It has been said that the three most important aspects for success in retail or real estate is location, location, location. It was never beneficial to us as children to sell lemonade from our front yard when no one ever drove by. But if a kid set up a stand in town, the return was much greater simply because of the location. I once informed a start-up church not to launch 12 miles from the city limits way out in the remote countryside. Even in today’s church culture location matters. But more important than location is resolve. Location can have a direct impact on your level of success, but your resolve will dictate your level of commitment. According to Proverbs chapter 16, our plans will only succeed after we have committed our work to the Lord, and that means all of the work not just some of it.
The Olympics are winding down, and something I’ve noticed concerning the competing athletes is their ability to transition well. The difference between a gold medal and possibly silver or bronze is not how fast they swim but how quickly they transition. Their turns at the wall or their baton transitions on the track can make the difference between medaling and flying home empty handed. It doesn’t matter how fast they swim or run or even which location of lane they are in, they’ll win or lose in the transition. They probably spend as much time training in the transition as they do in their sprint or breaststroke.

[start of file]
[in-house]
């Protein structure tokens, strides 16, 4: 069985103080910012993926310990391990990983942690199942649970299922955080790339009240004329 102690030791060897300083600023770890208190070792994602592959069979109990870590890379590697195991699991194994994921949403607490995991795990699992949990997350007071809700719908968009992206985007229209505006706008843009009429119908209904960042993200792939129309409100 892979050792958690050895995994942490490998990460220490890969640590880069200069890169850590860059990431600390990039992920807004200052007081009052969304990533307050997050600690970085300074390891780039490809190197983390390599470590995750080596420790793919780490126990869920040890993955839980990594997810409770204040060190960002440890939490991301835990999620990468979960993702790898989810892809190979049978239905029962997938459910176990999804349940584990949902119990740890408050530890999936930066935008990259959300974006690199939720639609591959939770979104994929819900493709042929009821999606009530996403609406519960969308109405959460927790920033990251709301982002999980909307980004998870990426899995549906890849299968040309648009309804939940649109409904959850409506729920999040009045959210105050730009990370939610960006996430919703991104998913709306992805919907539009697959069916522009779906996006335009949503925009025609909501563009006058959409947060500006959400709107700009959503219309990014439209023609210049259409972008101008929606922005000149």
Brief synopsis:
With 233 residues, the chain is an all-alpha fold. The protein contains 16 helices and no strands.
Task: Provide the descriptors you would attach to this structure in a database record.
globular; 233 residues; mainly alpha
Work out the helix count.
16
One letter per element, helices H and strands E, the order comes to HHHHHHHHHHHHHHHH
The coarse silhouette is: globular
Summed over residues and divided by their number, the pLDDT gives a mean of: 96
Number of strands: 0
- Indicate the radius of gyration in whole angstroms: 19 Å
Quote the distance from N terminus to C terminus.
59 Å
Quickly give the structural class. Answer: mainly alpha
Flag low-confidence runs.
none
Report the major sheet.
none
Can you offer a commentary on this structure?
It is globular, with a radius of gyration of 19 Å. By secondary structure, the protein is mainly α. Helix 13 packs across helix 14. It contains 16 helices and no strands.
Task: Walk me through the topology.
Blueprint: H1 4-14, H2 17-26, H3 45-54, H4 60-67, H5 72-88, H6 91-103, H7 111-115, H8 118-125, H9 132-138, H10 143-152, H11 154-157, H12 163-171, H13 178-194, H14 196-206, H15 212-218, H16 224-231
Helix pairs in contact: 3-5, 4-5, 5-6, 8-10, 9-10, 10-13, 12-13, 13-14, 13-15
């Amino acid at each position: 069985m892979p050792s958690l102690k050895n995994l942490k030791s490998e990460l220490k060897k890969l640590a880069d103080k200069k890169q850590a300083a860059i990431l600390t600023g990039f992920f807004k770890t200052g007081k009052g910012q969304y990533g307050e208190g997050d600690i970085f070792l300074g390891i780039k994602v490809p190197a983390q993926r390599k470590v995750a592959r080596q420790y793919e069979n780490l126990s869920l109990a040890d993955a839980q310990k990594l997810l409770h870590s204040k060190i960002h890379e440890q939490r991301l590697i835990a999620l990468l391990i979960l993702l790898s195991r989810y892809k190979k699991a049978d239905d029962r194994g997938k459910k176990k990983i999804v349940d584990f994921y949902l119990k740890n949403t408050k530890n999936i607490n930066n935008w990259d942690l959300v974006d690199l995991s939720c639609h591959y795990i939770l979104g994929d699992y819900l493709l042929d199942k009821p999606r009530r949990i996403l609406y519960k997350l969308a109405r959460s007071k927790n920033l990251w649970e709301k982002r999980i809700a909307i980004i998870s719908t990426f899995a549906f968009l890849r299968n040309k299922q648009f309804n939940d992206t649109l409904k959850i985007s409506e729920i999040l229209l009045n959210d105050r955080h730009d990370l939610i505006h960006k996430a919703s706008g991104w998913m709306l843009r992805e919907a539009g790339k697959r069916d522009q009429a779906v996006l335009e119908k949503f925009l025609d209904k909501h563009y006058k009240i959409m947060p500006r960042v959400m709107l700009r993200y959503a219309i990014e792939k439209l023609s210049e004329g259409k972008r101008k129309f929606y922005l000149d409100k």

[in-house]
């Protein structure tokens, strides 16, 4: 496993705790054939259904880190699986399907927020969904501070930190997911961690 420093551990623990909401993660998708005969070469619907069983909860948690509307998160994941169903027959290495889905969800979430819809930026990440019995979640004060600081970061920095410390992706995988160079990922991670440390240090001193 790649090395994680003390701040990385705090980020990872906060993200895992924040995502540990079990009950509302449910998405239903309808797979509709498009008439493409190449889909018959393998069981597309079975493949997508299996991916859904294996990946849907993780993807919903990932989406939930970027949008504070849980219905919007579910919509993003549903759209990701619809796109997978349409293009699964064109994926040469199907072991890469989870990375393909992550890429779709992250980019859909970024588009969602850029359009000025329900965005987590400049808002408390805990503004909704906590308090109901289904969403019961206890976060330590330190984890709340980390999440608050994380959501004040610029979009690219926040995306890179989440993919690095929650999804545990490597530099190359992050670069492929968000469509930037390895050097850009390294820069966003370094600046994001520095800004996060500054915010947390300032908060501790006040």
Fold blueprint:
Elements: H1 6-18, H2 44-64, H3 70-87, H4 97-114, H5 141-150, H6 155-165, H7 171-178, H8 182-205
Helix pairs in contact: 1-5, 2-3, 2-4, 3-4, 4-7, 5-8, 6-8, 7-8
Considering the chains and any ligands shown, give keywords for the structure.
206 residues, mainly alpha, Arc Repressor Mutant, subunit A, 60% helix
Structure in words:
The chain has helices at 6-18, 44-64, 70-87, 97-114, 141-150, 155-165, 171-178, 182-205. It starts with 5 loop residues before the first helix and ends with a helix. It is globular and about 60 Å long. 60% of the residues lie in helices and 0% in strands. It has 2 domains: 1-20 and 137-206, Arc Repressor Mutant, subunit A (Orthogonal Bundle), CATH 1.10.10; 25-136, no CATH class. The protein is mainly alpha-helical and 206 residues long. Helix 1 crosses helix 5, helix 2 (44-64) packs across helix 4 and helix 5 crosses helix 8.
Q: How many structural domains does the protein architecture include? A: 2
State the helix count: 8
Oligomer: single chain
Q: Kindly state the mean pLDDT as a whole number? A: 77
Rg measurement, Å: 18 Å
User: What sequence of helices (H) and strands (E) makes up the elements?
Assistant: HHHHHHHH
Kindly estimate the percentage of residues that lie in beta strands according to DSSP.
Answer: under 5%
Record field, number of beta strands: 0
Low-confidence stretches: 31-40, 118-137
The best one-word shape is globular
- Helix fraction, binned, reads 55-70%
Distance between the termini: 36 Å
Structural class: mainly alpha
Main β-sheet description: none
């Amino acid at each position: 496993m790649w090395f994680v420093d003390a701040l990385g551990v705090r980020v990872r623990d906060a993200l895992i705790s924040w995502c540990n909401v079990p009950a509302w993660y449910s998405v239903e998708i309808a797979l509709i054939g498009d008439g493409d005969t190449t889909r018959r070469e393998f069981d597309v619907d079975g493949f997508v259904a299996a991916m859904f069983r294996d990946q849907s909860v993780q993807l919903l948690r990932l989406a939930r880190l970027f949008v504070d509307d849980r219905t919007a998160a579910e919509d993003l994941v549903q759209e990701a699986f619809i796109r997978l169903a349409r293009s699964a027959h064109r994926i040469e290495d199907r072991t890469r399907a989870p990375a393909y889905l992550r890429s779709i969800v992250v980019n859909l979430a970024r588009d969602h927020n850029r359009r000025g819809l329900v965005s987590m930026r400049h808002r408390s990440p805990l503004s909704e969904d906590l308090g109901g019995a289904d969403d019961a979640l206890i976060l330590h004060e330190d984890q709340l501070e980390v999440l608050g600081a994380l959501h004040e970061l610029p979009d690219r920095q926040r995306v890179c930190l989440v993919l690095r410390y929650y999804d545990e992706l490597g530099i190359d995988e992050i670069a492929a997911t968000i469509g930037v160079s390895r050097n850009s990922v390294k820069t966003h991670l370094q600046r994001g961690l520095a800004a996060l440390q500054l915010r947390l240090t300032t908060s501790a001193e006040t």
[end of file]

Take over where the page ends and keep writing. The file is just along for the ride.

In the Old Testament book of 1 Kings, a man named Naboth owned a vineyard beside the palace of the king. “Location, right?” Obviously the king wanted it for himself and offered to purchase it or even trade out for another piece of property, but Naboth would not make the deal with the king. Naboth commented in verse 3 that he could not give to the king the inheritance of his fathers. This is not because of the sentimental value but rather their Jewish custom was that they did not sell their rightful inheritance. It would be disrespectful to his ancestry and to his offspring. Naboth chose his resolve over the king’s location. The king sulked and the evil queen, Jezebel, had Naboth falsely accused and killed so her husband could have another man’s property.
Even in the face of death, Naboth chose his commitment and resolve over his well-being. I think if we combine this Old Testament story with the Olympic transitions, we can find that maybe in today’s world we’re simply not transitioning well. How many hours are we spending teaching our kids to serve the Lord? Have we displayed to them the importance of committing ourselves to Christ? The next generation will never know how to commit their work to the Lord if they never see the resolve in us. There’s more to life than what we see in front of us. Eternity will be won or lost in the transition. The sad fact is the following generation will be the ones to lose if we fail in our resolve in the now.
Paul tells in Romans chapter 12 that we are transformed (transitioned) by the decisions that are made in the mind. It is important that those around us can see that transition as well. Paul makes that very clear. Olympians will train thousands of hours perfecting the little things, and little things eventually add up to wins and losses. Don’t neglect the little things in life, because they’re really bigger than you think.
Let’s meet at “The Point” this Sunday at 9 a.m. and 11 a.m., and we will run our races side by side. We’re located on the square, in Sparta. We’re real people, living real lives, serving a real God. Welcome home.